Section 1: “Someone Who Inspired Me” – Poetry
First Place – Peter Mackinlay – AUSOM Inc. Melbourne
© Ode to Faine – (JON FAINE OF ABC RADIO 774 MELBOURNE)
Dear Mister Faine, you like to sustain a programme most fervently punny
But occasionally folk, sometimes chick, sometimes bloke, complain this is not at all funny.
Don’t listen to them, full of bile, full of phlegm. Don’t let them get under your skin!
“The sun…” (cry some) “shines out of your bum!” but how the hell does it get in?
Your radio fans, both womans and mans, believe you are without blemish
So stay as you are, our shining bright star, and bugger those folk who are phlegmish.
For three-and-a-half hours, employ your word powers, and our ears continue to pun-ish,
And bring us delight, each morn (not at night), with quips not off-colour or Hunnish.
Your co-hosts and guests, with their nous and their jests, really are quite awesome;
Messieurs Wright and Moon on PCs end too soon, and David Whiting is positively law-some.
Terry Lane takes the pith (sometimes hit, sometimes myth), Ms Singer I can take or forgo,
But I must prudently state (say?), that Gabriel Gaté (Gatay?) is not always my piece of gateau.
Be glad, Mister Faine, that during your reign, your listeners both old and quite youngish
Are balanced of mind and far too refined to give you a serve, sharp of tongue-ish.
We like to enjoy (each birl and each goy), good humour and wits that astonish;
Not for us the nerd that hangs on each word, awaiting their chance to admonish.
Now I am not fain to on your parade rain, nor your fame to unduly embellish,
But am pleased to relate that each thirty-past-eight, I tune in with absolute relish.
For our popular host I propose a toast — “get a life” — to those who are shrewish!
But gee what a thrill that you’re Jon and not Bill, for who likes a bill that is due-ish?
Second Place – David Evans – U3A Nepean Blue Mountains
© A Voice in the Tanglewood
His speech was slow, so very slow:
riddles and answers.
He would ask his question then pause,
and look at me for so long that I wondered
whether to offer an opinion of my own.
When he was ready he would squint one eye,
smile in his confidential way,
then himself provide the answer
and wait for some acknowledgement,
as though his words contained wisdom.
Often they did.
“Not many people come this way,” he said,
waving a hand toward the tangled bloodwoods.
“They’re just not interested any more.”
He shook his head sadly for the uninterested ones
who, not seeing what he saw, were unaware of their loss.
“Look at this!” There was excitement in his voice,
the quiet excitement of a secret shared,
as he pointed out a Huon pine
growing in Queensland’s sandy coastal soil.
“It shouldn’t be here, but it is,” he said.
His world was a world of miracles, of wonders, of nature,
that in centuries past he would have peopled with spirits
and fuelled with magic.
He understood the seasons and could predict their strength
by the behaviour of the birds;
he knew the weather signs in the trees and the earth;
the glittering winter stars that warned of morning frost
were his confidants.
He was one with the land
and his aging, ageless face grew puzzled
at the difficulty experienced by visitors to his world
in perceiving what was obvious to him.
“I’m a voice in the tanglewood,” he said,
“but everybody’s looking the other way.”
Third Place – Peg Mortimer – Berri Seniors Citizans Computer Club
© My Dad
When I was young and very small
I saw my Dad as ten foot tall.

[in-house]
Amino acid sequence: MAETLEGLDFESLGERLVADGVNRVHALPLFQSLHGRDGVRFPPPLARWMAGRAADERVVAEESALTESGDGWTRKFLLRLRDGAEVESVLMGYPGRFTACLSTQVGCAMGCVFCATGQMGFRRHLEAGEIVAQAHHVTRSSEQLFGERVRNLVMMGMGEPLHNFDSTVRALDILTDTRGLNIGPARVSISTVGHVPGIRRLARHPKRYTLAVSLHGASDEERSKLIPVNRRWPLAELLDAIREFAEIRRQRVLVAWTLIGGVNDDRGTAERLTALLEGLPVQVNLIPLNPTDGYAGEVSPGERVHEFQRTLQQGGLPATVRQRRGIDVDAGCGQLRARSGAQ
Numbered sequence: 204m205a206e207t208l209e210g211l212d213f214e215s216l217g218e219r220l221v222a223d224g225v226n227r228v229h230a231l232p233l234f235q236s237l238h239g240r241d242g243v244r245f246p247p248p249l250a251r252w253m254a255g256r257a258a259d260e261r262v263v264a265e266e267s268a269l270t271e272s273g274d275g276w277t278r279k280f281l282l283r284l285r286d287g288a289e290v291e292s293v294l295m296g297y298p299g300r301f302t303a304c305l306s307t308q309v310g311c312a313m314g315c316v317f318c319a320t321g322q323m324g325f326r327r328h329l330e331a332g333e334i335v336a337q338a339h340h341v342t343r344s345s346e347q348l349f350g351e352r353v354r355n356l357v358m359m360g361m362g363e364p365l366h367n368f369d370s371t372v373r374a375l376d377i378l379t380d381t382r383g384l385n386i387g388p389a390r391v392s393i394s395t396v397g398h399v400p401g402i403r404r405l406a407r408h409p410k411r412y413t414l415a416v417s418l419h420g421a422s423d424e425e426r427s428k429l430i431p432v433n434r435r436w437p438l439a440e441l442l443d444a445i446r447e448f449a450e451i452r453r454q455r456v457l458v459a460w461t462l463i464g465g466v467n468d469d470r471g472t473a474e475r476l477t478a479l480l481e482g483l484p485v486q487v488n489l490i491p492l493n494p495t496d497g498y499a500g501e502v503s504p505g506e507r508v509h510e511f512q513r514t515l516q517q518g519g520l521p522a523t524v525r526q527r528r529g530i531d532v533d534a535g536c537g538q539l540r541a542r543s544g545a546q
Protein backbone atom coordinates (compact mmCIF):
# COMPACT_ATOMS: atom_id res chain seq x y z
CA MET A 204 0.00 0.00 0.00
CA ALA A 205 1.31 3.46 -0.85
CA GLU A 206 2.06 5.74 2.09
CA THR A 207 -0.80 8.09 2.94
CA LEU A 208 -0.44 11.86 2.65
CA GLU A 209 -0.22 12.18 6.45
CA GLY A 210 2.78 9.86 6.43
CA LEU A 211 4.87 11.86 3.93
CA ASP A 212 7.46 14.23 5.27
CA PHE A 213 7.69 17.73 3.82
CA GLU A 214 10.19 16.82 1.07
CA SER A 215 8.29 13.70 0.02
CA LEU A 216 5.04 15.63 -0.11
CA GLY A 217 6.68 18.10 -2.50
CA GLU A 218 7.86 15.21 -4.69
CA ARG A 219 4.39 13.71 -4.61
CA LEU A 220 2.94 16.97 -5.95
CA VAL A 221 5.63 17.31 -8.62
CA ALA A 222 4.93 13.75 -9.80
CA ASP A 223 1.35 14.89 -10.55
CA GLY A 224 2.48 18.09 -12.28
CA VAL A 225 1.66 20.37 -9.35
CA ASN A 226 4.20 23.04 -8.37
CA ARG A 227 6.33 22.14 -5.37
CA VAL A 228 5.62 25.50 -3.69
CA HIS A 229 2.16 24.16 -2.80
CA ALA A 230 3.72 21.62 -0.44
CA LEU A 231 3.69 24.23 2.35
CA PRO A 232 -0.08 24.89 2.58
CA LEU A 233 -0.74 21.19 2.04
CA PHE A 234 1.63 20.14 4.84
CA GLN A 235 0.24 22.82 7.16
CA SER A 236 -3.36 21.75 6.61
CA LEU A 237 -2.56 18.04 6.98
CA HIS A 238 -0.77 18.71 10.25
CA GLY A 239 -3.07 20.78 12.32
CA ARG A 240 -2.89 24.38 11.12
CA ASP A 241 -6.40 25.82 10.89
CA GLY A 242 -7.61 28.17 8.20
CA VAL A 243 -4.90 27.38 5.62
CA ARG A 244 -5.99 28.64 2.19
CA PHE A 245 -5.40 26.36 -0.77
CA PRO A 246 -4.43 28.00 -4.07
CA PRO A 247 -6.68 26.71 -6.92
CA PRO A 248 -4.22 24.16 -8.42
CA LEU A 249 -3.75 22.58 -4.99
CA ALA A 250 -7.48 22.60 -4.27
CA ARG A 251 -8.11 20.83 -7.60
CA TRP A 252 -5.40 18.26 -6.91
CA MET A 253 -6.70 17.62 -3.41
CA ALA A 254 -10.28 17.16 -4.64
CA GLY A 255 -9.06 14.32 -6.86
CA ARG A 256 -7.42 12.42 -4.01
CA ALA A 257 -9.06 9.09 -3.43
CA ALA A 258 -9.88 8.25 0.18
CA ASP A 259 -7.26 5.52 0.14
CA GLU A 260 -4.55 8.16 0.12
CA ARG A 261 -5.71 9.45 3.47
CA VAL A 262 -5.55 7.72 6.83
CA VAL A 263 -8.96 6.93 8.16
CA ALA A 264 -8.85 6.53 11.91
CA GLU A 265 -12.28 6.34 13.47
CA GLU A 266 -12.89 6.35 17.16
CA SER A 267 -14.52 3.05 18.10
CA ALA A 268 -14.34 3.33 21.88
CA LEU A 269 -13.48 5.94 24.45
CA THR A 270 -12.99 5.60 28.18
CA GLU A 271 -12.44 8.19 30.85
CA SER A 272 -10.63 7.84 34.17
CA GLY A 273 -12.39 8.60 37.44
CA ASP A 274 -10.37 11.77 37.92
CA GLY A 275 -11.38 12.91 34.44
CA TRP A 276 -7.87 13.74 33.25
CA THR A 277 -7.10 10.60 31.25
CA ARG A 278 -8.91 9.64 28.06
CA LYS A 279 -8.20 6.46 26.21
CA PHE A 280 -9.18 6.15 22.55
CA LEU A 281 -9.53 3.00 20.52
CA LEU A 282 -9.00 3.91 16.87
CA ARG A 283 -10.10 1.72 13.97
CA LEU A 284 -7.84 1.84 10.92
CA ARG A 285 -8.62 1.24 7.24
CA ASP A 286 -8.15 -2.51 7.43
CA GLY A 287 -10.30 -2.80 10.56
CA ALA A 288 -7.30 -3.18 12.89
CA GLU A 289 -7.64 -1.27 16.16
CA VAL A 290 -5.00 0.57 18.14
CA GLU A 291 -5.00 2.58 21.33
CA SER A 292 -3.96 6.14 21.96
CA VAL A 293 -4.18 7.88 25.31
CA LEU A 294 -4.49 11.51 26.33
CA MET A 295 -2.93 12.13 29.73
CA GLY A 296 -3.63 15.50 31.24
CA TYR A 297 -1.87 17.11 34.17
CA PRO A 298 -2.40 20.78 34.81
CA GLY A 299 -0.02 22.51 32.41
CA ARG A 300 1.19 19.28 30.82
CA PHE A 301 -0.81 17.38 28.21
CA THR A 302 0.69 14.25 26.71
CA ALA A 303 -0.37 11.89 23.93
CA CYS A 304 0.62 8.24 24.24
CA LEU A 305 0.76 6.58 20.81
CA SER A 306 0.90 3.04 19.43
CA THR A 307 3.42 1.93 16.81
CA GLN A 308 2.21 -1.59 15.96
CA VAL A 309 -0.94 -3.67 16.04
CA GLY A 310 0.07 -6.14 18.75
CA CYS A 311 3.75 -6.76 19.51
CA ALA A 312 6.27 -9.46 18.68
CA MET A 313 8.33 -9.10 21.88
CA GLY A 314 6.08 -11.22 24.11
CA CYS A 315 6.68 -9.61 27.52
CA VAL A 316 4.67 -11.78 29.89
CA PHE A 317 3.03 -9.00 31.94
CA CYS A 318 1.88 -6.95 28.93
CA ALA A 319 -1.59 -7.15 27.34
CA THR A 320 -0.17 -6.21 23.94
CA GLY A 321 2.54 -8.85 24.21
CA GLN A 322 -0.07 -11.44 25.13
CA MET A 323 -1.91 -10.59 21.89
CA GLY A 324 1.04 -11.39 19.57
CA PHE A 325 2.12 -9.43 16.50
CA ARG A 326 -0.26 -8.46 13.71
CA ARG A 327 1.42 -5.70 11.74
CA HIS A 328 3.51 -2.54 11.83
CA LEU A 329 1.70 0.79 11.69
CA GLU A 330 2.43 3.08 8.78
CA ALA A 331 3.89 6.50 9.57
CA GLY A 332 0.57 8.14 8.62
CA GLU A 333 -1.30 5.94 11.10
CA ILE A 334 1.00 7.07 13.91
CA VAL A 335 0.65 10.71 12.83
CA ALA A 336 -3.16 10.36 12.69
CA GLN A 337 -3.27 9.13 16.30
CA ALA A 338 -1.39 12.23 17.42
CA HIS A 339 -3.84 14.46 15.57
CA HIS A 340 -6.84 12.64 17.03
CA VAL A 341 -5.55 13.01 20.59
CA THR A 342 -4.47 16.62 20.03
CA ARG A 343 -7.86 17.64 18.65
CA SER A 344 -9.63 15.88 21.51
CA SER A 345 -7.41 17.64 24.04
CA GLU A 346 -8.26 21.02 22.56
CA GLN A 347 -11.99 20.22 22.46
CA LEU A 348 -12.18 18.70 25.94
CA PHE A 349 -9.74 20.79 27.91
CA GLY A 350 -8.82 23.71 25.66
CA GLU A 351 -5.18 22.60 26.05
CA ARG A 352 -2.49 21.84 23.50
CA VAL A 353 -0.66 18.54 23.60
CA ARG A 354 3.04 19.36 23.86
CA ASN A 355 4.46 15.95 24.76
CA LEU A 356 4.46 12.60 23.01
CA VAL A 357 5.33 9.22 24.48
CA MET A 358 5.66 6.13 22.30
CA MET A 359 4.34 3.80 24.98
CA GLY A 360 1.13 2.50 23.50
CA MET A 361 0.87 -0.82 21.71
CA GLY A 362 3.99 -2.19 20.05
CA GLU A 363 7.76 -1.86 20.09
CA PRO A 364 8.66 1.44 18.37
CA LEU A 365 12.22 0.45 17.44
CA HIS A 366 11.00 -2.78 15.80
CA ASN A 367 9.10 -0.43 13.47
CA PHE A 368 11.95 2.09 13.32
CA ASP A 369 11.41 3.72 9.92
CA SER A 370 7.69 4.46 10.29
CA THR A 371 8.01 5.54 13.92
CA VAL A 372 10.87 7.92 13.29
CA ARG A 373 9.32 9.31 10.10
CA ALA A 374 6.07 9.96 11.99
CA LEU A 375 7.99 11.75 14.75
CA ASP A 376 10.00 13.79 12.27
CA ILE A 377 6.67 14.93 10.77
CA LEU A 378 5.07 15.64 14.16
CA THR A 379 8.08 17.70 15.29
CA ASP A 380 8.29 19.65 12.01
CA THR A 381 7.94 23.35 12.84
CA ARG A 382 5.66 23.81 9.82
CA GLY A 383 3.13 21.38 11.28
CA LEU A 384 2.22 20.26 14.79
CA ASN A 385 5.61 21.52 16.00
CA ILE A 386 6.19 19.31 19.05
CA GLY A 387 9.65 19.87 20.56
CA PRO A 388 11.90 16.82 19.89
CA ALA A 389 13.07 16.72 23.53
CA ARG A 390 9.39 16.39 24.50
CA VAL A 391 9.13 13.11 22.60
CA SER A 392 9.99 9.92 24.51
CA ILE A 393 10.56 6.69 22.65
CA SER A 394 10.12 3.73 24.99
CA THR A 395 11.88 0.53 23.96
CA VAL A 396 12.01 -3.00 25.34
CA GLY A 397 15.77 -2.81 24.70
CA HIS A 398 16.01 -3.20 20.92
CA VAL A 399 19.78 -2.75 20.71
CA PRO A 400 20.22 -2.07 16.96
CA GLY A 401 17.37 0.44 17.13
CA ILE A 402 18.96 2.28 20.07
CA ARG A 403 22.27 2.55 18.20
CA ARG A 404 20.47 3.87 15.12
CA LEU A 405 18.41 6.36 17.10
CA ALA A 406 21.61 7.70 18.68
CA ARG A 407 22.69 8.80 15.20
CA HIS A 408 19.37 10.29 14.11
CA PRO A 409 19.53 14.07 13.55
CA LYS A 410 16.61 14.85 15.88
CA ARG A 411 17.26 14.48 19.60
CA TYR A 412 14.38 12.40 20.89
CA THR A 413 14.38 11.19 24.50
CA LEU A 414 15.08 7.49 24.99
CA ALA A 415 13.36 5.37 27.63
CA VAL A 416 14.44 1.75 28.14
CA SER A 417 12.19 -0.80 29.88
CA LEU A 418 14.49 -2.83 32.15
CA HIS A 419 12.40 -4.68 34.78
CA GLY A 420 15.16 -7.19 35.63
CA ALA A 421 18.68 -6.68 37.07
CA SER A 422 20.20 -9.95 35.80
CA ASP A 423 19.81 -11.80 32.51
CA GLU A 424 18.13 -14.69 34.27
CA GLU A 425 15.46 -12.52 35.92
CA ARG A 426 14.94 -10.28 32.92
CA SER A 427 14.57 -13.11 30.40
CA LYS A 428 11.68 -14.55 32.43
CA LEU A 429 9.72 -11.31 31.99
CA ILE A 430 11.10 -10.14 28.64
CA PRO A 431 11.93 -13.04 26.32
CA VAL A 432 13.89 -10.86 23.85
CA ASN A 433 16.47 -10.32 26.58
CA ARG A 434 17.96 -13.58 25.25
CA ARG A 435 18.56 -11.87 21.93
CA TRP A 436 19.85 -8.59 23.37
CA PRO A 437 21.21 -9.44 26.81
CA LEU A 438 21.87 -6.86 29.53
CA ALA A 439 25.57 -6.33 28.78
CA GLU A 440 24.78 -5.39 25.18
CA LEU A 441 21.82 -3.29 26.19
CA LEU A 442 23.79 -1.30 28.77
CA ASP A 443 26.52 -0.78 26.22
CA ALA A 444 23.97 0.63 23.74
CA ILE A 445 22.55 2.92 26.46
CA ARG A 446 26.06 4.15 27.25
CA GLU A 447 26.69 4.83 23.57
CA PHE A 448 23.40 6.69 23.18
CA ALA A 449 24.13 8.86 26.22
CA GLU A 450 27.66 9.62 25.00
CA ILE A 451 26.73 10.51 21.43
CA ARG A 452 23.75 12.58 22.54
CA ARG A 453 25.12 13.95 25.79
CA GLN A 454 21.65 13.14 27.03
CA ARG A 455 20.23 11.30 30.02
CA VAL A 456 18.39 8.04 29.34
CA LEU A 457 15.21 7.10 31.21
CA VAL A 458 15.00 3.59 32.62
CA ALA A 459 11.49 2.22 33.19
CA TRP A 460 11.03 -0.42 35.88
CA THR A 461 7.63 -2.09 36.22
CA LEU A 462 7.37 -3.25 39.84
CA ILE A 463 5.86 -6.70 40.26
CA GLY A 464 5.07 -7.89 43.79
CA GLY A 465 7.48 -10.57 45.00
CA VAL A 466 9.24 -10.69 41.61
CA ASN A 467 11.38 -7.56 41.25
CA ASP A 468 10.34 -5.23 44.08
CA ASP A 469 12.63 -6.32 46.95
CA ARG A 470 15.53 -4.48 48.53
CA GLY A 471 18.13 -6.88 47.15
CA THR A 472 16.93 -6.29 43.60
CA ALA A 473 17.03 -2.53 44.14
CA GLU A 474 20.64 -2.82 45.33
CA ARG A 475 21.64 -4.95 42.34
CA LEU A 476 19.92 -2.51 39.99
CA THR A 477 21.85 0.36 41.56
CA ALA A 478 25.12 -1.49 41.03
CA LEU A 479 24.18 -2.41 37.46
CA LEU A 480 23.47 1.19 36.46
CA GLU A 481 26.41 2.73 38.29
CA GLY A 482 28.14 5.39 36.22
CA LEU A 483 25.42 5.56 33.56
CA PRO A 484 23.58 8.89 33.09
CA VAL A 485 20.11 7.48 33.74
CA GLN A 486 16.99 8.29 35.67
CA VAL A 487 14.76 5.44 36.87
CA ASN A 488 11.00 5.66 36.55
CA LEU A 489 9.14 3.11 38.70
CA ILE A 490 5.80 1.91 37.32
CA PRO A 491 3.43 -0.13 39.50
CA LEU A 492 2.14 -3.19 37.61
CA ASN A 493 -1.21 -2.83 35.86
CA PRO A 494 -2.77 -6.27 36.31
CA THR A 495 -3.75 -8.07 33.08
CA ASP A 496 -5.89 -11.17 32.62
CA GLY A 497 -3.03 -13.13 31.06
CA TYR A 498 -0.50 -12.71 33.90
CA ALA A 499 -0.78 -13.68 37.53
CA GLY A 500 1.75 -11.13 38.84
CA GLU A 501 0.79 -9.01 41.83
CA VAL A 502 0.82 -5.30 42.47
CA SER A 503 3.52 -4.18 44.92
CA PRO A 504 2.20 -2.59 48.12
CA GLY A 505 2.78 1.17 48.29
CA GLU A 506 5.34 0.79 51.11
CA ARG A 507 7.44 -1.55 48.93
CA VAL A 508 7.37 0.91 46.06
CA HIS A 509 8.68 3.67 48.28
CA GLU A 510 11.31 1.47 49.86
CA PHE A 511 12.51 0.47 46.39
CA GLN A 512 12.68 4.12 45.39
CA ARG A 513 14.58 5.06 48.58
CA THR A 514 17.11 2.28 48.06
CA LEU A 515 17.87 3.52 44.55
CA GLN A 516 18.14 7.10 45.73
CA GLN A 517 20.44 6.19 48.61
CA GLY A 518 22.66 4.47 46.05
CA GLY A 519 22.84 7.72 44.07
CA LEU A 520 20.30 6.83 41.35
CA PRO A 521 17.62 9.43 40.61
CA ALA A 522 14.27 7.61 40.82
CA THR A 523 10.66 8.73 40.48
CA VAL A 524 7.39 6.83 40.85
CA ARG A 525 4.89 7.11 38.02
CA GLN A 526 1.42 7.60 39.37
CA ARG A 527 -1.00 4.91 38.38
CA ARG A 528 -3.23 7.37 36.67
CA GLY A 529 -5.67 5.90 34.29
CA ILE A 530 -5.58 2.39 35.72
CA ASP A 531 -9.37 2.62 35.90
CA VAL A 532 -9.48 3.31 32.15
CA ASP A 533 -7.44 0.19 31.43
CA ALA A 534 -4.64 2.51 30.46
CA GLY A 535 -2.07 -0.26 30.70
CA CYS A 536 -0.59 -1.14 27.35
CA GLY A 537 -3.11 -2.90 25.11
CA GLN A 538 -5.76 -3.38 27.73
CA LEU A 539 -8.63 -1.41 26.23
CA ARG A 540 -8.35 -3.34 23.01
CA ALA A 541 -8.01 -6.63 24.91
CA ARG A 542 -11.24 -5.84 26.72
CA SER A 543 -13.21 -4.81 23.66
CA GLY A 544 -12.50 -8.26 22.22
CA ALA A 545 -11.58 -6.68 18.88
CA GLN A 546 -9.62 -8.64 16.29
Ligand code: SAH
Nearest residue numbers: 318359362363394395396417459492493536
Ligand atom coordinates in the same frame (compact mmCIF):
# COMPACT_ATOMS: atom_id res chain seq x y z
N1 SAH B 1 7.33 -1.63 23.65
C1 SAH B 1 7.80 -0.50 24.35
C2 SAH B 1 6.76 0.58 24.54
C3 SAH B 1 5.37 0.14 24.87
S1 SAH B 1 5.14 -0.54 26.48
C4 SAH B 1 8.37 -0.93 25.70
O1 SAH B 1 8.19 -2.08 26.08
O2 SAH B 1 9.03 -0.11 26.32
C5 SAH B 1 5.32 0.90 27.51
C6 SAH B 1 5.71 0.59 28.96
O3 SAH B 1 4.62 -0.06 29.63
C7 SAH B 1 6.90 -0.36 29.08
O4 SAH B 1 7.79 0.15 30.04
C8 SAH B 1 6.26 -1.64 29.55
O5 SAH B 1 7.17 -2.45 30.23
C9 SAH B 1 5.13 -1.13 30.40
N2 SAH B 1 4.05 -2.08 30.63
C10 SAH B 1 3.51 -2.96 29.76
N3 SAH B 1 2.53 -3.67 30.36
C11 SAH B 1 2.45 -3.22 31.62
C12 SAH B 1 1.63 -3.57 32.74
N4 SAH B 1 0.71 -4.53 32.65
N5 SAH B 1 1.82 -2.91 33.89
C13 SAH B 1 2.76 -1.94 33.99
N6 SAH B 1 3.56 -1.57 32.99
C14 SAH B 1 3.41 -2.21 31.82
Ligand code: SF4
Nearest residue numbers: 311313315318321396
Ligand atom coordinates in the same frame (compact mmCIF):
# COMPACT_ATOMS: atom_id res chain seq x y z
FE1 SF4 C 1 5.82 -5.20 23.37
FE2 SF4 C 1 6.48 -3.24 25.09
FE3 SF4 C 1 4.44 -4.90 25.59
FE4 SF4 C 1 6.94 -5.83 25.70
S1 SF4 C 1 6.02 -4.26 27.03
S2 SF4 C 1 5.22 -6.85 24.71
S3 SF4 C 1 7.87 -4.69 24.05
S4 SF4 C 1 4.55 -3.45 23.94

Hadn’t he been a soldier brave
And fought the whole wide world to save?
If I had bad dreams in the night
He’d come right in and hold me tight,
And when I had splinters or hurt my knee
He’d fix things up and comfort me.
When to my ‘teens at length I grew
I was surprised how little Dad knew.
He didn’t understand at all
About life’s problems, large or small.
He was such a muddler, and always late.
All his opinions were out of date.
On religion and politics discussion ranged
And though I was right he just wouldn’t change.
Then later I married and grandchildren three
Soon happily clustered around his knee
And I smiled to myself as I heard him tell
The tales of old that I knew so well.
And I knew that his wisdom far surpassed
Anything I had believed in the past.
He was grey-haired by then and stooped from a fall,
But to me once again Dad stood ten foot tall.
Special Mention – Pamela Taig – Computer Pals for Seniors Epping
© Father John Fowles from Thurgoona – A MAN WHO INSPIRED ME
Father John Fowles CCS
Is the Parish Priest of Thurgoona.
For children, distressed, in East Timor,
He needs money now, if not sooner
His fund raising schemes are ambitious.
His parishioners, Tom, Dick and Kevin,
Ran Fetes to raise a new church,
Ran two raffles, called ‘Highway to Heaven’.
Having provided his parish with buildings,
Now was the time to raise more.
That’s when he conceived his new notion
To raise funds for kids in East Timor.
He elevated his eyes and looked to the skies.
‘What we must build now is an aircraft.’
When he told his parishioners his crafty ambition,
They responded, ‘Good Lord, Father, you’re daft.’
A Fly-a-thon was the name he gave to his scheme.
But there’s one thing a Fly-a-thon needs.
The plane, his scheme so obviously lacked.
Father John began saying his beads.
An anonymous gift unexpected
Was delivered in March 2004,
A Jabiru J400 airplane kit
Had been delivered to his front door.
In the garage with several parishioners,
Each Monday, you’d find Father John
Pondering plans spread over the floor,
Creating the plane for his Fly-a-thon.
After constructing a mammoth church complex
Building a plane’d be a walk in the park.
He soon became sorry for Noah,
And his problems while building the Ark.
After surmounting each problem,
The plane is now ready to fly.
Awaiting her final inspection,
She’s ready to take to the sky.
“Angel Wings” is the plane’s appellation,
An appropriate name, Father John.
I pray your venture’s successful,
And will raise money for your Fly-a-thon